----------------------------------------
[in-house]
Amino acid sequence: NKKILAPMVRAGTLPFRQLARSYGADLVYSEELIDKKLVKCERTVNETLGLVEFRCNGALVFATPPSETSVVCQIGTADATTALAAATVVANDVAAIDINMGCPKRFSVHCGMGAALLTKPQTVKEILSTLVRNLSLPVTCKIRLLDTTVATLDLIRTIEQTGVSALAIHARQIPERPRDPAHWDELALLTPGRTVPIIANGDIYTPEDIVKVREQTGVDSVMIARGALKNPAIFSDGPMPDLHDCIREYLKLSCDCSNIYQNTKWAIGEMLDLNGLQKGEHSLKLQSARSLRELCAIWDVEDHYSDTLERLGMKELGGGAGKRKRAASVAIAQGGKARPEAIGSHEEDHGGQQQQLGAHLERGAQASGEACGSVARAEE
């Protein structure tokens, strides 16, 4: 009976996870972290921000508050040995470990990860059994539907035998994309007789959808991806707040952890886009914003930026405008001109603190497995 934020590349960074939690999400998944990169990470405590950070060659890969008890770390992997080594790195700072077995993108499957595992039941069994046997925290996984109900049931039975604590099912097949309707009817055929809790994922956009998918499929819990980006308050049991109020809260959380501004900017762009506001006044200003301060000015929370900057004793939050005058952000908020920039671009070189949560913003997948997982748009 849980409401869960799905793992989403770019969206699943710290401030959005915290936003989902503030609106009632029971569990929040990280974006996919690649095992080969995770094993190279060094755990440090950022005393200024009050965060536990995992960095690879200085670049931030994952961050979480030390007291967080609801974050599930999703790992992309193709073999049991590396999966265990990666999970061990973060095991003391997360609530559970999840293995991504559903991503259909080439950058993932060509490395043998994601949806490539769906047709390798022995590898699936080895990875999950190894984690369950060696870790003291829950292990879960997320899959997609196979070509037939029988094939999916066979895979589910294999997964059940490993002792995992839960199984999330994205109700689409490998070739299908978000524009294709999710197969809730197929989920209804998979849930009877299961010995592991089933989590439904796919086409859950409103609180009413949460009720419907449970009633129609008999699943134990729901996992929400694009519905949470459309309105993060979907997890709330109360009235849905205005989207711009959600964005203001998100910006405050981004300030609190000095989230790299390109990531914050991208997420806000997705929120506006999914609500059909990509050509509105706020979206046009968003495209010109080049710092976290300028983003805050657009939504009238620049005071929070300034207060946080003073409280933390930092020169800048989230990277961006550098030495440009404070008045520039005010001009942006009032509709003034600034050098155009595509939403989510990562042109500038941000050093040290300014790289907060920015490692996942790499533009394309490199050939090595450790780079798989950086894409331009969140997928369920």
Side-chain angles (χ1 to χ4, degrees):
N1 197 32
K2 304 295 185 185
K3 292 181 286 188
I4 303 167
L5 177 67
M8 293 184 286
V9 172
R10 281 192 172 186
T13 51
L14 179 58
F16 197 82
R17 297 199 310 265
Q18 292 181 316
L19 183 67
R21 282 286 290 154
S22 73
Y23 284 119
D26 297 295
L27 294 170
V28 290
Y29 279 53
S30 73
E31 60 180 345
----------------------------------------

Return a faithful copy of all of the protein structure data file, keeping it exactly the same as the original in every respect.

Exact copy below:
[in-house]
Amino acid sequence: NKKILAPMVRAGTLPFRQLARSYGADLVYSEELIDKKLVKCERTVNETLGLVEFRCNGALVFATPPSETSVVCQIGTADATTALAAATVVANDVAAIDINMGCPKRFSVHCGMGAALLTKPQTVKEILSTLVRNLSLPVTCKIRLLDTTVATLDLIRTIEQTGVSALAIHARQIPERPRDPAHWDELALLTPGRTVPIIANGDIYTPEDIVKVREQTGVDSVMIARGALKNPAIFSDGPMPDLHDCIREYLKLSCDCSNIYQNTKWAIGEMLDLNGLQKGEHSLKLQSARSLRELCAIWDVEDHYSDTLERLGMKELGGGAGKRKRAASVAIAQGGKARPEAIGSHEEDHGGQQQQLGAHLERGAQASGEACGSVARAEE
């Protein structure tokens, strides 16, 4: 009976996870972290921000508050040995470990990860059994539907035998994309007789959808991806707040952890886009914003930026405008001109603190497995 934020590349960074939690999400998944990169990470405590950070060659890969008890770390992997080594790195700072077995993108499957595992039941069994046997925290996984109900049931039975604590099912097949309707009817055929809790994922956009998918499929819990980006308050049991109020809260959380501004900017762009506001006044200003301060000015929370900057004793939050005058952000908020920039671009070189949560913003997948997982748009 849980409401869960799905793992989403770019969206699943710290401030959005915290936003989902503030609106009632029971569990929040990280974006996919690649095992080969995770094993190279060094755990440090950022005393200024009050965060536990995992960095690879200085670049931030994952961050979480030390007291967080609801974050599930999703790992992309193709073999049991590396999966265990990666999970061990973060095991003391997360609530559970999840293995991504559903991503259909080439950058993932060509490395043998994601949806490539769906047709390798022995590898699936080895990875999950190894984690369950060696870790003291829950292990879960997320899959997609196979070509037939029988094939999916066979895979589910294999997964059940490993002792995992839960199984999330994205109700689409490998070739299908978000524009294709999710197969809730197929989920209804998979849930009877299961010995592991089933989590439904796919086409859950409103609180009413949460009720419907449970009633129609008999699943134990729901996992929400694009519905949470459309309105993060979907997890709330109360009235849905205005989207711009959600964005203001998100910006405050981004300030609190000095989230790299390109990531914050991208997420806000997705929120506006999914609500059909990509050509509105706020979206046009968003495209010109080049710092976290300028983003805050657009939504009238620049005071929070300034207060946080003073409280933390930092020169800048989230990277961006550098030495440009404070008045520039005010001009942006009032509709003034600034050098155009595509939403989510990562042109500038941000050093040290300014790289907060920015490692996942790499533009394309490199050939090595450790780079798989950086894409331009969140997928369920």
Side-chain angles (χ1 to χ4, degrees):
N1 197 32
K2 304 295 185 185
K3 292 181 286 188
I4 303 167
L5 177 67
M8 293 184 286
V9 172
R10 281 192 172 186
T13 51
L14 179 58
F16 197 82
R17 297 199 310 265
Q18 292 181 316
L19 183 67
R21 282 286 290 154
S22 73
Y23 284 119
D26 297 295
L27 294 170
V28 290
Y29 279 53
S30 73
E31 60 180 345